On Wednesday, two dozen gay and lesbian couples filed lawsuits arguing that it is unconstitutional for the start of Illinois to deny them the right to marry. The lawsuits are supported by the New York group Lambda Legal and the American Civil Liberties Union of Illinois. The couples are from Marion, Chicago and Bloomington. The state law being challenged in the lawsuits is one that defines marriage as occurring between a man and a woman. The lawsuits claim that the constitution of the state permits gays to marry because of due process and equality clauses.
New legislation is pending that would eliminate the language of the law that does not permit gay marriage. A vote for the new legislation is not supposed to occur prior to the legislative session ending this week. Last year, the state legalized same-sex civil unions, but the couples in the lawsuits said they feel like second-class citizens. There are nine couples in the ACLU lawsuit, with the lead plaintiffs being Chicago detective Tanya Lazaro and systems analyst Elizabeth Matos. The couple has been together for 15 years, they have two children, and they do not like the idea of a civil union.
“It’s not the same thing as a marriage. We want our relationship, our love and our commitment we’ve shown for 15 years to be recognized like everybody else’s,” Lazaro said. “When you’re growing up, you don’t dream of civil unions.”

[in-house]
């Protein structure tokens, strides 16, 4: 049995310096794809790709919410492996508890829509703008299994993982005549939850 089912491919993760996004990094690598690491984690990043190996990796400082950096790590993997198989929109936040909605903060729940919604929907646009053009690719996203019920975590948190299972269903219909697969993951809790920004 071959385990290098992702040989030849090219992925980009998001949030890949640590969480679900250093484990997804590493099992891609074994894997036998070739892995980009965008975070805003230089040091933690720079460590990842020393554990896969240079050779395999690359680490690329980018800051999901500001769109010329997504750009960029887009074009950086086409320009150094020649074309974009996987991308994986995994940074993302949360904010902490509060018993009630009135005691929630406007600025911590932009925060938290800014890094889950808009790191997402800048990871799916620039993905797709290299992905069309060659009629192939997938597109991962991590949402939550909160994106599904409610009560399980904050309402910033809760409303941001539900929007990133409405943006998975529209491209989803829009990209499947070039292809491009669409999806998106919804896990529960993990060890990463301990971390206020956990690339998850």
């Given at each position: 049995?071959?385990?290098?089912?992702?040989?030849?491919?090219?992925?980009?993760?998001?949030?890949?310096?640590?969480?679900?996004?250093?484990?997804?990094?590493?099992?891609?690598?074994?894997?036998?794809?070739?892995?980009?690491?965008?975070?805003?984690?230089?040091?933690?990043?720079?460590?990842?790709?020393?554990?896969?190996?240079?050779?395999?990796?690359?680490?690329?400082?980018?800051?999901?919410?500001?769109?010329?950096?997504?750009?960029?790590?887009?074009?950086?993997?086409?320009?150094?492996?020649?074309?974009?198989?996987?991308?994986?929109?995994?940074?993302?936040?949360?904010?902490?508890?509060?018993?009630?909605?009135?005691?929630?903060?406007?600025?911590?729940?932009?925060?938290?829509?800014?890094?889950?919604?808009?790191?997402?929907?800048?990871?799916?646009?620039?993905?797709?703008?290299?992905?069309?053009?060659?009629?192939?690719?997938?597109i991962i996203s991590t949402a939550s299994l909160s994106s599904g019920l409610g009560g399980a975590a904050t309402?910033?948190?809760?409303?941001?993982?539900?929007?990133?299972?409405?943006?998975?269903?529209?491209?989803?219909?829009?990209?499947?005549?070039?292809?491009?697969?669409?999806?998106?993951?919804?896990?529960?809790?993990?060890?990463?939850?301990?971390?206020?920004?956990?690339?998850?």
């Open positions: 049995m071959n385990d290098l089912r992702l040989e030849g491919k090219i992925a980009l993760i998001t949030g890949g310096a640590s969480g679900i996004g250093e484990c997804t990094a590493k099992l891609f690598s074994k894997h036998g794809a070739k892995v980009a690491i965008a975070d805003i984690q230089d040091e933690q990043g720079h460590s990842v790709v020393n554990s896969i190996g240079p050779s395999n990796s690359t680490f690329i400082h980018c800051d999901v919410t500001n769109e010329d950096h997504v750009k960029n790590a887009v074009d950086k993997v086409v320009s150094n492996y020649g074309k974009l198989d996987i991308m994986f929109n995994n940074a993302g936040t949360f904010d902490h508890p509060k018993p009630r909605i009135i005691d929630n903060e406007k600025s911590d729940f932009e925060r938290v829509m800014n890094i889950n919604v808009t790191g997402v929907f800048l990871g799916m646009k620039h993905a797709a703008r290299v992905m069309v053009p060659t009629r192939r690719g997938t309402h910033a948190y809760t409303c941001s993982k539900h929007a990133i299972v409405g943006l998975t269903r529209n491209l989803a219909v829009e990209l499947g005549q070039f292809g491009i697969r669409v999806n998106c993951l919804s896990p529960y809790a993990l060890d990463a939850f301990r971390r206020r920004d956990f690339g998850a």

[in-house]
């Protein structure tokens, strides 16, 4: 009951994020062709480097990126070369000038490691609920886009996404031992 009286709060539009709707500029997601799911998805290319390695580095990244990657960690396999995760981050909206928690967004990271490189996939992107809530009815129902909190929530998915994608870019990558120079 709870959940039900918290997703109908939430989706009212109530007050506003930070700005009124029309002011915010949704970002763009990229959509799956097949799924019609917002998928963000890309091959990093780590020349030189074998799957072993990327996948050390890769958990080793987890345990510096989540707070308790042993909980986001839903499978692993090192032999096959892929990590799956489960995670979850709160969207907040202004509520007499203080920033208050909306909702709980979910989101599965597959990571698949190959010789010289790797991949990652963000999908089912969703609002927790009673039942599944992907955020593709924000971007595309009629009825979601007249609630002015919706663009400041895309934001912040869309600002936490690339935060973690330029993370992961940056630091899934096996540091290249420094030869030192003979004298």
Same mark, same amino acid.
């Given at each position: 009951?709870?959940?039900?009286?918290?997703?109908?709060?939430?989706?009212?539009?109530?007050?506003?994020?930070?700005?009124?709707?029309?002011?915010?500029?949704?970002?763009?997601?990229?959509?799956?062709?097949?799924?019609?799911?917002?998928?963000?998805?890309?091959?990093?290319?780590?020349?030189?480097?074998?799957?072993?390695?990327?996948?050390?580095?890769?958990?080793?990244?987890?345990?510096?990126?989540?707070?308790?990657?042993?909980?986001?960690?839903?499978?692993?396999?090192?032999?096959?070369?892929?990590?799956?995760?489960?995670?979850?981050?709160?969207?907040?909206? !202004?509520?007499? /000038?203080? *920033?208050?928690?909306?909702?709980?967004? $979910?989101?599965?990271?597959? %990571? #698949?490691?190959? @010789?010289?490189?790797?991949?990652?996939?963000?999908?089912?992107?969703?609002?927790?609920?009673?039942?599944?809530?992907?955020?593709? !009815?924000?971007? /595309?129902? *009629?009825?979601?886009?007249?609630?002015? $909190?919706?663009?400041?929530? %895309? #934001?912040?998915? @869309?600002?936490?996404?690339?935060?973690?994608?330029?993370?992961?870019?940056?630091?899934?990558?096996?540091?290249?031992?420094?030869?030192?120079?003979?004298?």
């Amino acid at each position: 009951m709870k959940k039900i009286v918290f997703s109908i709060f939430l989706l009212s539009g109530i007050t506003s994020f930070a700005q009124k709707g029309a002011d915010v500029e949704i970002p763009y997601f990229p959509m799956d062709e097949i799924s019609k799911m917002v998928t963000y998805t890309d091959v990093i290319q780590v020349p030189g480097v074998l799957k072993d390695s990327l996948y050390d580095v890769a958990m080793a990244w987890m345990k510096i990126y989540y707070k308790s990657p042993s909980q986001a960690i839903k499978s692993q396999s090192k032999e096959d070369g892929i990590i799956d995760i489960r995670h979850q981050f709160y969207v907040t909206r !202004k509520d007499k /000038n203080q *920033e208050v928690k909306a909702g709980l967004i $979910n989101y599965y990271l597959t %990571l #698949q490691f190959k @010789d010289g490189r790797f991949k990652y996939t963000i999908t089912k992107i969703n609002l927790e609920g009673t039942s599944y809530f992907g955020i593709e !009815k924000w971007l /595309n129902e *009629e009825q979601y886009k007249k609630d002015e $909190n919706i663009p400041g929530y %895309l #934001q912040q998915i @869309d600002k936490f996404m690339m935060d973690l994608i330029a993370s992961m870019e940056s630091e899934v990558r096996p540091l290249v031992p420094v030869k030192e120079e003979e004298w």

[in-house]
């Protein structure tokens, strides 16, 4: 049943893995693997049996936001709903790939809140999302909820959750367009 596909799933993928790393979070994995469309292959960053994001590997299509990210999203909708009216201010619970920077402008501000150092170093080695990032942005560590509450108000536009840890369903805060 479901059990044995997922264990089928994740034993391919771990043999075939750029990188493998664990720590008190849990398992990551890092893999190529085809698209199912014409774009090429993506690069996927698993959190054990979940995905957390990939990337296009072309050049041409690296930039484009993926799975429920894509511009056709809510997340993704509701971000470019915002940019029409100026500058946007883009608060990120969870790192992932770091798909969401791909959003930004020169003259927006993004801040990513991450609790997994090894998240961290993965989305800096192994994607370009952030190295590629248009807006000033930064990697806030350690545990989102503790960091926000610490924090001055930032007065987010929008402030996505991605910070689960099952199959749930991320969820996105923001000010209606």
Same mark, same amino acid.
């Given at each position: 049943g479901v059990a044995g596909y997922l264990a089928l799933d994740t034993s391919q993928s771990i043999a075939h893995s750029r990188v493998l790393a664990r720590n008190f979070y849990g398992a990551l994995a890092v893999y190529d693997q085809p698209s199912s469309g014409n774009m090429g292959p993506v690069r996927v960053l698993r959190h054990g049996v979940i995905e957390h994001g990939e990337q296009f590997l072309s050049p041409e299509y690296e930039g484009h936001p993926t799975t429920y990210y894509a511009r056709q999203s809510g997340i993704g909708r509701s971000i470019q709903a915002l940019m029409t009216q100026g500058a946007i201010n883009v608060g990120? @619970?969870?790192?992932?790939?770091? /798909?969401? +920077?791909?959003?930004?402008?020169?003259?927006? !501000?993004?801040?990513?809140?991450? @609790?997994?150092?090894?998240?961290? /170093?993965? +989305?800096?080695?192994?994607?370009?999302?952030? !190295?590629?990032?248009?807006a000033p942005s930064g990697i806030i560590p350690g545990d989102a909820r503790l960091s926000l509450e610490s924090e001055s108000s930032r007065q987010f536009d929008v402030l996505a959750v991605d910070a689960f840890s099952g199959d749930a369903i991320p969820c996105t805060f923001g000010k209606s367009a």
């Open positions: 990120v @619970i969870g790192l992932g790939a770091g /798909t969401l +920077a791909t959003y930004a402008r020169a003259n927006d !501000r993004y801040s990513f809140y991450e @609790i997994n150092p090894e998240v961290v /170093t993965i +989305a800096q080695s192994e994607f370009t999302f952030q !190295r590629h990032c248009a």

There are a total of 25 couples in the two lawsuits, all of whom attempted to apply for marriage licenses in Cook County, but received denials. David Orr, the Cook County Clerk, was named in the lawsuit. A spokesperson for Orr issued a statement on his behalf, as he is not in the country at the time.
“The time is long past due for the State of Illinois to allow County Clerks to issue marriage licenses to couples who want to make that commitment,” Orr said in the statement. “I hope this lawsuit clears the last hurdle to achieving equal marriage rights for all.”
It has been one year since Illinois passed a law for same-sex civil unions and polls from the state show that support for same-sex marriage by the public has increased. Earlier this month, President Barack Obama announced his support for gay marriage and Illinois governor Pat Quinn has voiced his support as well.
“We’ve waited long enough,” said John Knight, director of the Lesbian, Gay, Bisexual, Transgender Project of the ACLU of Illinois. “It certainly helps that our president from the great state of Illinois has come forward and been a leader in recognizing freedom of same sex couples to marry.”